Facts and Values in Mortality Data during the Pandemic

Today's post is by Maria Cristina Amoretti and Elisabetta Lalumera. This is their second of two blog posts on applied philosophy of science and conceptual analysis in the time of COVID-19.

Amoretti and Lalumera

As philosophers, one of our interests is the interplay of facts and values in medical sciences. We think that debunking the myth of science as purely factual is a contribution that philosophers can usefully bring to society. We also think that science can be nevertheless objective and trustworthy, but not in virtue of being purely factual – as many philosophers have argued recently. In a recent paper, we focused on mortality statistics during the pandemic. 

Mortality data have been very salient throughout the pandemic, both at the personal level, by influencing our emotional uptake of the situation, and at the level of society, as government’s decisions are based on epidemiological models, which, in their turn, are fed by mortality data. When is someone’s death due to COVID-19 or, more specifically, when does COVID-19 qualify as the underlying cause of death? For an answer, we analyzed the rules for the certification of death issued by the World Health Organization (WHO).

These rules, supplemented by instructions contained in the Reference Guide of the International Classification of Diseases (ICD) (WHO 2018), are adopted in most countries, so that the death certificate has the same format. According to these rules, the death certificate should contain all conditions the doctor considers causally and etiologically relevant to the person’s death, but one single underlying cause of death must be specified. It is defined as “the disease or injury that initiated the train of morbid events leading directly to death, or the circumstances of the accident or violence which produced the fatal injury” (WHO 2018, 2.17.1).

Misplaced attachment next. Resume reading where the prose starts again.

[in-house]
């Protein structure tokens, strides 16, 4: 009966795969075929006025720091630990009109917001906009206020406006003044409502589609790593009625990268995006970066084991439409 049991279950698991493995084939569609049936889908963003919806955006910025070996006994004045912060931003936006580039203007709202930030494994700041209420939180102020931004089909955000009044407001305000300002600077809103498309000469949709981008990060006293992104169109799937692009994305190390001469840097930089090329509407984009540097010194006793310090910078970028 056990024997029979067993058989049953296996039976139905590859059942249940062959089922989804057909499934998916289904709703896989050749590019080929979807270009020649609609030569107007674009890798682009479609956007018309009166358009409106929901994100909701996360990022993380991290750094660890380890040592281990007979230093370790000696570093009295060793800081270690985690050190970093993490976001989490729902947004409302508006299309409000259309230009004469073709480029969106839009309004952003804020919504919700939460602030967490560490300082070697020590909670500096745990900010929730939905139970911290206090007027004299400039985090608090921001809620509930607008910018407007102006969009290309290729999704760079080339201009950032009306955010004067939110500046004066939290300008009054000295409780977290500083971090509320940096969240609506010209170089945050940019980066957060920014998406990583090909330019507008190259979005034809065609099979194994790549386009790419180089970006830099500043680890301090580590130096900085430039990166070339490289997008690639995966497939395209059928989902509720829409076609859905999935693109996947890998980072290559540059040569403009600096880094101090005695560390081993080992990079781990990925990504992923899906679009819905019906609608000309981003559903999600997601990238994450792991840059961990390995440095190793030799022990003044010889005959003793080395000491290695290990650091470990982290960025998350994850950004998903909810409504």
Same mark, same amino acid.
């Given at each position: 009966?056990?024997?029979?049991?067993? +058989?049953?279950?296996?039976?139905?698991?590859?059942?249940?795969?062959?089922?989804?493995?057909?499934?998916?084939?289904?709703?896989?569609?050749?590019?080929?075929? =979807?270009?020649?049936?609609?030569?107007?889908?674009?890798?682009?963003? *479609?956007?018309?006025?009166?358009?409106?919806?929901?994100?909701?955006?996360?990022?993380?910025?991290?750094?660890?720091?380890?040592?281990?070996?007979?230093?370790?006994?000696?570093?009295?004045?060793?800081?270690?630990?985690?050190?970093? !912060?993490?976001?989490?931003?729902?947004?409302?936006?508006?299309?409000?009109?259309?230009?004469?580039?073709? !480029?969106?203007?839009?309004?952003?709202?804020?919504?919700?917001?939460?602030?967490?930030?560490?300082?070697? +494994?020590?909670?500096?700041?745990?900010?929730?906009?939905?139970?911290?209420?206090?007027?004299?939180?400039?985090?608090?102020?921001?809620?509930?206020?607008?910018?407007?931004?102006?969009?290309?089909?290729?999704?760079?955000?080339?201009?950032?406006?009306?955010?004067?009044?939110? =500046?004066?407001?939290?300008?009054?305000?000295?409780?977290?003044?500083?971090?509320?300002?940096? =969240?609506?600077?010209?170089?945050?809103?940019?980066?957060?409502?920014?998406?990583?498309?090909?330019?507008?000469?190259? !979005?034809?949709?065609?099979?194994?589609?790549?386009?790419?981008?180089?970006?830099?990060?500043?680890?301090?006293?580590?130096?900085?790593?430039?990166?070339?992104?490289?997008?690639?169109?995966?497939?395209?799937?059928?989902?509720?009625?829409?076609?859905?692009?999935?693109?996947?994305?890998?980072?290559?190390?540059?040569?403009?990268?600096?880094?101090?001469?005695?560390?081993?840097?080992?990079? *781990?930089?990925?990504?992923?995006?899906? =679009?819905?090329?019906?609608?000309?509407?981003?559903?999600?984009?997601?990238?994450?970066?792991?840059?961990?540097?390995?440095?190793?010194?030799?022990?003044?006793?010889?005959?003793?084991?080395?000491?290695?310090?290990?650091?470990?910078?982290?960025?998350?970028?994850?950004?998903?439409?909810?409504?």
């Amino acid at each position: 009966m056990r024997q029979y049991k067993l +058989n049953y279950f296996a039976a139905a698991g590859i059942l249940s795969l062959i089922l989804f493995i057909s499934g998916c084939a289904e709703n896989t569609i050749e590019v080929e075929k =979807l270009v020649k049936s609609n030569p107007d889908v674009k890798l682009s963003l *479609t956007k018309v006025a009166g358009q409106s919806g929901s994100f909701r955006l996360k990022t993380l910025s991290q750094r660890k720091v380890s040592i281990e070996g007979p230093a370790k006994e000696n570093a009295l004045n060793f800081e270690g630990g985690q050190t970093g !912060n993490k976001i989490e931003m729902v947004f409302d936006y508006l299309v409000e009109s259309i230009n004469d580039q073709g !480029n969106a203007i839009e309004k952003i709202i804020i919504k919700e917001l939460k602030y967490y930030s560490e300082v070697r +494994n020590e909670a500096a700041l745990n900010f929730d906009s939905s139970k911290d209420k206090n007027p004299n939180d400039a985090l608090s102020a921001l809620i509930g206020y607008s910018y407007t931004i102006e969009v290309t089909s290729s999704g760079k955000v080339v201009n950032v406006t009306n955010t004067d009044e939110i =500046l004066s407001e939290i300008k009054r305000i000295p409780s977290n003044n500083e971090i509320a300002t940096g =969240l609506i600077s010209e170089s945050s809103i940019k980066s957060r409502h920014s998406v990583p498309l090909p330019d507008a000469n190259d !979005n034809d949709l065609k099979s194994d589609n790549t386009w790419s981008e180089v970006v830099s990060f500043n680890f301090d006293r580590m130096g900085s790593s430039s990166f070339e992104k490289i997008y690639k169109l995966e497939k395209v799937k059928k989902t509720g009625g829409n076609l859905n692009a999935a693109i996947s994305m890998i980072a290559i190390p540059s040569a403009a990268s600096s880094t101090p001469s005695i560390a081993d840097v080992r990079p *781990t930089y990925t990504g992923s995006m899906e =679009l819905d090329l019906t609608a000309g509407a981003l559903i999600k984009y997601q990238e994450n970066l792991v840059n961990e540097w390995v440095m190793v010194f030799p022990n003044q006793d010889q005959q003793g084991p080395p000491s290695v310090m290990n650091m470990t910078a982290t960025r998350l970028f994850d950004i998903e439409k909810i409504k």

This definition underpins a mechanistic conception of causality. However, the guiding principle that should inform the selection of one single underlying cause is explicitly the possibility of prevention of deaths to the benefit of public health (WHO 2018, 2.19.2). Thus, we argued, a prudential or normative principle is used to select from among the causes pertinent to someone’s death. We also noted that the same prudential principle figures in the rules for certifying deaths due to HIV-AIDS, for analogous public health reasons, namely, to prevent the highest number of deaths.

In conclusion, a statement on a death certificate, identifying COVID-19 as the underlying cause of death, may be considered a non-purely descriptive predicate, as grounded on both factual (causal chains and the patient’s medical conditions before and at the time of death) and non-factual reasons (the importance of prevention of more deaths). We think that many arguments can be brought to defend such non-factual reasons. However, it is important to disentangle them from facts. Whereas facts can only be described, reasons can be argued for.

Facts and Values in Mortality Data during the Pandemic